Jiri Dvorak, MD, FIFA’s chief medical officer, called into question the quality, safety and efficacy of dietary supplements. He asserted that there was no evidence that supplement use could boost performance, though many players think it will, and said that the widespread use of the products posed a doping risk, maintaining that many supplements are tainted with anabolic steroids.
At the very least, Dr. Dvorak is misinformed, Shaw said.
“Unfortunately you have folks in positions of authority like the FIFA official who make broad statements that condemn our industry that have no basis in reality,” Shaw told NutraIngredients-USA.
“Facts speak for themselves. Millions of people take supplements. Thousand of athletes take supplements. Hundreds of professional, world-class athletes take supplements. And they are tested routinely to make sure they are not receiving any adulterated product," he said.
"So for someone to turn around and say the supplement industry is not doing its job, that’s outrageous.”
Widespread use among players
Dr. Dvorak cited statistics that he characterized as sobering: Based on data from the past four World Cups, about 35% of all players are using dietary supplements. But the uptake among younger players is higher. As many as 50% of the U-17 and U-20 World Cup players are using supplements, he said. And he claimed that as many as 60% of the U-16 players in the U.S. used supplements. It should be noted that unlike some national sports organizations in North America, such as the NFL and the NBA, FIFA regulates competition from the teenage level up to international professional competitions.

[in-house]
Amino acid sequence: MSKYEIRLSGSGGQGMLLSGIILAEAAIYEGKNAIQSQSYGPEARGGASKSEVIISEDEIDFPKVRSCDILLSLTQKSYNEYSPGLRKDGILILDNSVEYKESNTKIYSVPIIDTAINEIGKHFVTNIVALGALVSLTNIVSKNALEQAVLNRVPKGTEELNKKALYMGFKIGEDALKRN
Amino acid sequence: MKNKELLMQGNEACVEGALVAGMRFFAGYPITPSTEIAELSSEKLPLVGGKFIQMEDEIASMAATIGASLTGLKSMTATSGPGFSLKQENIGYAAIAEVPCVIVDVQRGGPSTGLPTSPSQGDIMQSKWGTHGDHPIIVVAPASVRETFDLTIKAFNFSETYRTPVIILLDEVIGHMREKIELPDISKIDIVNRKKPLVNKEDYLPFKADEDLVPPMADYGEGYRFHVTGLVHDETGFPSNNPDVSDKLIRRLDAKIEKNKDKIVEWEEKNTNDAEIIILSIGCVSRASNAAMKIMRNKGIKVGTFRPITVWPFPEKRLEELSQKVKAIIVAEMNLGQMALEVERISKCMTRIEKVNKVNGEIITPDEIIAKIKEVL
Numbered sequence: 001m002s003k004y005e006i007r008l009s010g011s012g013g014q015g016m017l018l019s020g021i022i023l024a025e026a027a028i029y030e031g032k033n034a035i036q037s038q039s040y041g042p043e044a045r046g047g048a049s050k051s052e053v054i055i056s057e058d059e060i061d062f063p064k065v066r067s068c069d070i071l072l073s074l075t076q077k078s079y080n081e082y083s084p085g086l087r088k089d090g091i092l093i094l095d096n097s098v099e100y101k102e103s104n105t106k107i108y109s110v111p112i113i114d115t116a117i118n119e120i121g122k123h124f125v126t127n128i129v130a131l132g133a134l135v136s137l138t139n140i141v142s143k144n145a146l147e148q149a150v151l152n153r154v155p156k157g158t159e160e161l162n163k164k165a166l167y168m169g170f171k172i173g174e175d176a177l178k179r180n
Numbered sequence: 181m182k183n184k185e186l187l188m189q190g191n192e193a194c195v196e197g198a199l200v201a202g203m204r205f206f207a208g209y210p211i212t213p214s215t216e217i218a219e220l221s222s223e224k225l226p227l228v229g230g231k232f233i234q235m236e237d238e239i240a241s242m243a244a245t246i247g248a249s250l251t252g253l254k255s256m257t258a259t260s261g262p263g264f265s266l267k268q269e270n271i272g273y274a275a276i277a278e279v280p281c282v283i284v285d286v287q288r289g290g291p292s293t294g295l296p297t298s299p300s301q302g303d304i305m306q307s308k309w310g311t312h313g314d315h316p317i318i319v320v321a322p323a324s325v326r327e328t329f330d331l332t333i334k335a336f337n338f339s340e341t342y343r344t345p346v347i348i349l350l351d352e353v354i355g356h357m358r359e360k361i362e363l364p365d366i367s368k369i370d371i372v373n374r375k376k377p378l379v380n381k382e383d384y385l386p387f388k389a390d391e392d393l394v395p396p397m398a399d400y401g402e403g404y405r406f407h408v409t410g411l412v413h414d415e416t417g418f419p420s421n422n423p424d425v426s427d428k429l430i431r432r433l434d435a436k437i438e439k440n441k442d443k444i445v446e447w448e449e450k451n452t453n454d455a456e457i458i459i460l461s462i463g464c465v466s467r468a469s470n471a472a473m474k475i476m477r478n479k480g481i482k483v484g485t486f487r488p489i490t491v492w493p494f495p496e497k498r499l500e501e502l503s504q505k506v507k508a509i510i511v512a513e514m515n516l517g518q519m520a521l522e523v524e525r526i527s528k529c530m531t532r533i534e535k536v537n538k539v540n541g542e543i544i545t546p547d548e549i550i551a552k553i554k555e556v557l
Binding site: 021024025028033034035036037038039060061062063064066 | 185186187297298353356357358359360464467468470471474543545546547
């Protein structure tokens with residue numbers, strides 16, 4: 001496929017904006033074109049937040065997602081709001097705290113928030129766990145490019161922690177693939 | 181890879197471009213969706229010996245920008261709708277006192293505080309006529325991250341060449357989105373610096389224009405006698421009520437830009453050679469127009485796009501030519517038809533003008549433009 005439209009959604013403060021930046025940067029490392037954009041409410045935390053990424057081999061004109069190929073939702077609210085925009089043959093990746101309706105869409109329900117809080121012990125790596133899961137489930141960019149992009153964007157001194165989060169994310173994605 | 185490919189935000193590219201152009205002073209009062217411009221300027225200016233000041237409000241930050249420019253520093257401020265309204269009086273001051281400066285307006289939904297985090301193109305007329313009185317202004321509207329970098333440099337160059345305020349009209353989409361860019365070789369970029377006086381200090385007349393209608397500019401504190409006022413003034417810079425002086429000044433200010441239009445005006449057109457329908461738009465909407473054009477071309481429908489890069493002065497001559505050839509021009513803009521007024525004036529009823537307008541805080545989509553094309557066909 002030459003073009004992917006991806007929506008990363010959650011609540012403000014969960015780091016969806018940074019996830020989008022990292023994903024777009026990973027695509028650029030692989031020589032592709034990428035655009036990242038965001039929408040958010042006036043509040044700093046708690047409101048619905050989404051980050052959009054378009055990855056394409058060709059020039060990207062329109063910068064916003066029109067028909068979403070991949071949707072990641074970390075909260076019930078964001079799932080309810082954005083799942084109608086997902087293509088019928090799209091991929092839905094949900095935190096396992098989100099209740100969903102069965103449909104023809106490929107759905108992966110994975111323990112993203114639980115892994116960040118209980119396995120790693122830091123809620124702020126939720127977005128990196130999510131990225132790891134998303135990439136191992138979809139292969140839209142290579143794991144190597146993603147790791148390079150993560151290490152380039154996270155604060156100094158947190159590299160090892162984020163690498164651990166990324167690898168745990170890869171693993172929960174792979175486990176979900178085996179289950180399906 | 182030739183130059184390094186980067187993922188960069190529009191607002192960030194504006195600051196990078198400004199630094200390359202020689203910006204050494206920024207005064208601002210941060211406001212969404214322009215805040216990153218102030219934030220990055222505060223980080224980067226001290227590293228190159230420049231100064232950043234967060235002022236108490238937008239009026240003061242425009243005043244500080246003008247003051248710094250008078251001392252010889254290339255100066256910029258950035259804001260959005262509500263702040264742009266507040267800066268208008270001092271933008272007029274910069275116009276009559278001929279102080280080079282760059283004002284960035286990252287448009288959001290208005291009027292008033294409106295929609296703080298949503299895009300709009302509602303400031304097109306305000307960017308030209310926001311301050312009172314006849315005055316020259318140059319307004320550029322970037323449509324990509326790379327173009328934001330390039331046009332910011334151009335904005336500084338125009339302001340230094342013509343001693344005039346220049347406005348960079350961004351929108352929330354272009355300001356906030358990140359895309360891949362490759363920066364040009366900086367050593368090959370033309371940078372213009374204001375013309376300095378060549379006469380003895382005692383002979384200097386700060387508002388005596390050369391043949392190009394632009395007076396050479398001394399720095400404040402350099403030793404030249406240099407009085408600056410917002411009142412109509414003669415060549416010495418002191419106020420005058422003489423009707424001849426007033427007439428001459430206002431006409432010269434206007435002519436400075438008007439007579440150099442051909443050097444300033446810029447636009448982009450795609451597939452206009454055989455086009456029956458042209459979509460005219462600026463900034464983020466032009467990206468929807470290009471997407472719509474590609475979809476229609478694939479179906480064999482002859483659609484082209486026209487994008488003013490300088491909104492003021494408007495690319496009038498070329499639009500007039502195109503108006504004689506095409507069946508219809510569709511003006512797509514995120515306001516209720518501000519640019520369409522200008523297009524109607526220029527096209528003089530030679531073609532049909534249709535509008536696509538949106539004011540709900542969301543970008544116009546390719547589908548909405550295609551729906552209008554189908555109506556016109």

Even with the use by younger, possibly more vulnerable athletes, supplements pose no safety risk, Shaw said. “This industry continues to have an excellent safety record even with widespread use. Additionally, supplements have been shown to have a variety of healthful benefits, including addressing nutritional deficiencies.”
Evidence of regulation
Dr. Dvorak characterized supplements as untrustworthy because they are insufficiently regulated, a charge regularly leveled at the industry. While supplement manufacturers and those who represent them, such as the industry trade organizations, can be relied upon to take the opposite position, an unbiased point of view on the state of supplement regulation can be found in an exhaustive, peer-reviewed article on the subject in the February–April edition of HerbalGram, the publication of the American Botanical Council. The article, which stretched over 17 pages of the magazine, looked at every aspect of the history of the development of dietary supplement regulation in the U.S. and included 75 references.
The authors’ conclusion was unequivocal: “The years since the enactment of DSHEA have been marked by a progressive development of regulations an guidance by FDA to help ensure that dietary supplements are safe, of high quality, and appropriately labeled."
They finished by saying, “With the complex, interrelated infrastructure of regulations now in place to implement DSHEA and subsequent amendments, the myth that dietary supplements are an unregulated industry is definitely dispelled.”